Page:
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St. Louis Post-Dispatch from St. Louis, Missouri • Page 79

St. Louis, Missouri
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i i 1 ST. LOUIS POST-DISPATCH EVERYDAY SECTION 1 SUNDAY, SEPTEMBER 18, 1988 nv- ikir Sue Hubbell, beekeeper and author of "A Country Year: Living the Questions," uses a smoker to calm her bees so she can remove the frames containing honey. Sue Hubbell finds some I 1 .1 V'tJI-: of the answers to life's I 'IZ i A questions in the Ozarks ---Sv dUjlU fedr A' ft La at -s IK IT ABOVE: Hubbell uses a hand cart to move frames ready to have their honey extracted for processing. LEFT: On a narrow road near her home in the Ozarks, Hubbell stops her truck for a chat with a friend. Story by John M.

McGuire Photos by Scott Dine Of the Post-Dispatch Staff WHEN THE CBS television crew came to visit, it made the mistake of driving too close to a road grader that was leveling the red-dirt road. The crew, on assignment for Charles Kuralt's "Sunday Morning," was on the way to beekeeper Sue Hubbell's place in the Ozarks, which is several doglegs and a cutback turn along a network of gravel roads, miles from the nearest town. The rented van arrived in her driveway with one of its front tires perforated like a doily. The guy at the tire store in town, who used to teach at a university, fixed the flat and amused the city people with his bumpkin behavior, which he enjoys doing, Hubbell said. While this was going on, Hubbell began asking questions of the producer about how this or that worked and why.

She was curious about many things. The TV people told her she should stop in at the CBS studios when she was in New York. And so she did. While she was there, Hubbell recalled, a CBS editor explained to her that all the glory had gone from the business when film was abandoned in favor of videotape. Film was tangible and real, he said.

Tape was just so many electrons. Later on, Hubbell went to Bloomingdale's. The same CBS crew was there to tape her visit to Manhattan, by way of showing how far she had come from her bee farm in the hills of southern Missouri. She sells her honey to Bloomingdale's, and also to stores in St. Louis, Boston and Washington.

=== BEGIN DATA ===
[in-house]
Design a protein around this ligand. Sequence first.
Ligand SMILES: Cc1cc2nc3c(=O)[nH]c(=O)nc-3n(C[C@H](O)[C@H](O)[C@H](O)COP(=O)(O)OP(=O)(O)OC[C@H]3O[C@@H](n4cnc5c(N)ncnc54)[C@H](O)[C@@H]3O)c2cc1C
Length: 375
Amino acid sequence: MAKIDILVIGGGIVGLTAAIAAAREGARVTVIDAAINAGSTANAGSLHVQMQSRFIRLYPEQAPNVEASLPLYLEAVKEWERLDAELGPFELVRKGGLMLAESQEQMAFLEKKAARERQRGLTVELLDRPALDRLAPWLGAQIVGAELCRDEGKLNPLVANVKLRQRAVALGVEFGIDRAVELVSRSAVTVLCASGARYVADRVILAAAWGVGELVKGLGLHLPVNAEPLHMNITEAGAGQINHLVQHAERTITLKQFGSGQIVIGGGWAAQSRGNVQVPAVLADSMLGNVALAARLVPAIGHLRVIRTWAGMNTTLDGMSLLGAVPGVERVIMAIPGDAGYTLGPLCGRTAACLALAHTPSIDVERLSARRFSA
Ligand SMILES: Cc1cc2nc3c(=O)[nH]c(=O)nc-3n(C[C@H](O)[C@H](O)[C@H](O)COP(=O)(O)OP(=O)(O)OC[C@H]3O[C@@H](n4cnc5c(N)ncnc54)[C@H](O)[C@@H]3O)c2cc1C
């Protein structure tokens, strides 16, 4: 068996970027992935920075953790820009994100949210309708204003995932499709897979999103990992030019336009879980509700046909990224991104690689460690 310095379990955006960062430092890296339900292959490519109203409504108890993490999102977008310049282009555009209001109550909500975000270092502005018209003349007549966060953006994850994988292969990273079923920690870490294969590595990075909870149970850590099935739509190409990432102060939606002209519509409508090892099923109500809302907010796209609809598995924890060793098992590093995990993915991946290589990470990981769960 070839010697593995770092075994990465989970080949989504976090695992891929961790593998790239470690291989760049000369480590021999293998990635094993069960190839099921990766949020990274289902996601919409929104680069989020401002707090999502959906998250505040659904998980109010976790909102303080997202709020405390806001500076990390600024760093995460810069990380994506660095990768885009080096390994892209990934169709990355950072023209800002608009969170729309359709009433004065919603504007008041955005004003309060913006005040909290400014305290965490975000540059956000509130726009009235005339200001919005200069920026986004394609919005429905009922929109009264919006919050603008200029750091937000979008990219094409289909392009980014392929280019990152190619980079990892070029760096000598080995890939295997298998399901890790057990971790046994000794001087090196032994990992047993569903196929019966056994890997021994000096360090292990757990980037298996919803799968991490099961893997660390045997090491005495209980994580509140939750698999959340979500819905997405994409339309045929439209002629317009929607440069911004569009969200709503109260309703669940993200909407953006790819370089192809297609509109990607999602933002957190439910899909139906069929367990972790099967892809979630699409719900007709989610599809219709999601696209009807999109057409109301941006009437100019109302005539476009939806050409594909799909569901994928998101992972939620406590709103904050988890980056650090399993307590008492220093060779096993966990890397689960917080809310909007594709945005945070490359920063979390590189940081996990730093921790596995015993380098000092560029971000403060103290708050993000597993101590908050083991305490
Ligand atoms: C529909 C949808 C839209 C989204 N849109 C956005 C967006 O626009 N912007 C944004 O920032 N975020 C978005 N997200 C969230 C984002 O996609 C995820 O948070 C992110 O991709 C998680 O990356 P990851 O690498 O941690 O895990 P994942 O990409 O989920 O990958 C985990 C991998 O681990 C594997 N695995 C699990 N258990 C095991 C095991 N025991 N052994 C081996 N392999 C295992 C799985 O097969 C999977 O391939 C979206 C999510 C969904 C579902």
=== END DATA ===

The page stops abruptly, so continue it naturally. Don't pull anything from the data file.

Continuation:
The head buyer for Bloomies was all sweetness, greeting her at the door and telling her how nice it was to see her. The same man had avoided her for years, not even returning her phone calls. Now, inside the store, there was a large display of her honey and stacks of her first book, "A Country Year: Living the Questions." Everyone was talking about her, and Sue Hubbell felt a part of the New York scene. Afterward, she returned to her truck parked blocks away, only to realize that she had left her hand cart at Bloomingdale's, the one she uses for lugging honey. Fifteen minutes later, she was back at the department store.

When she walked in, the honey and book displays were gone, and so was the memory of her. Who's Sue Hubbell? "Just so many electrons," she said. She told this story, occasionally wiping her forearm across her brow, as she worked in her bee house, harvesting this year's crop. It is monotonous and sticky work, scraping the wax from the frames with a hot knife, then loading the frames in a centrifuge, which spins the honey free of the wooden forms. This is not her favorite part of beekeeping, and one can see why.

At her request, we will not be precise in identifying where she lives in the Ozarks. She has 90 acres of land and cherishes her privacy. She is 53 and loves to say that she trusts no one under 50. How did a former librarian for Brown University ever get to this out-of-the-way Missouri high ground? It was sort of easy. Sue and Paul Hubbell, her former husband, an electrical engineer who taught biomedical The 'Rat Pack' At Swarthmore IN THE 1950s, at Swarthmore College, west of Philadelphia on the Main Line, Sue Gilbert became friends with some students who made up a conspicuous on-campus rat pack.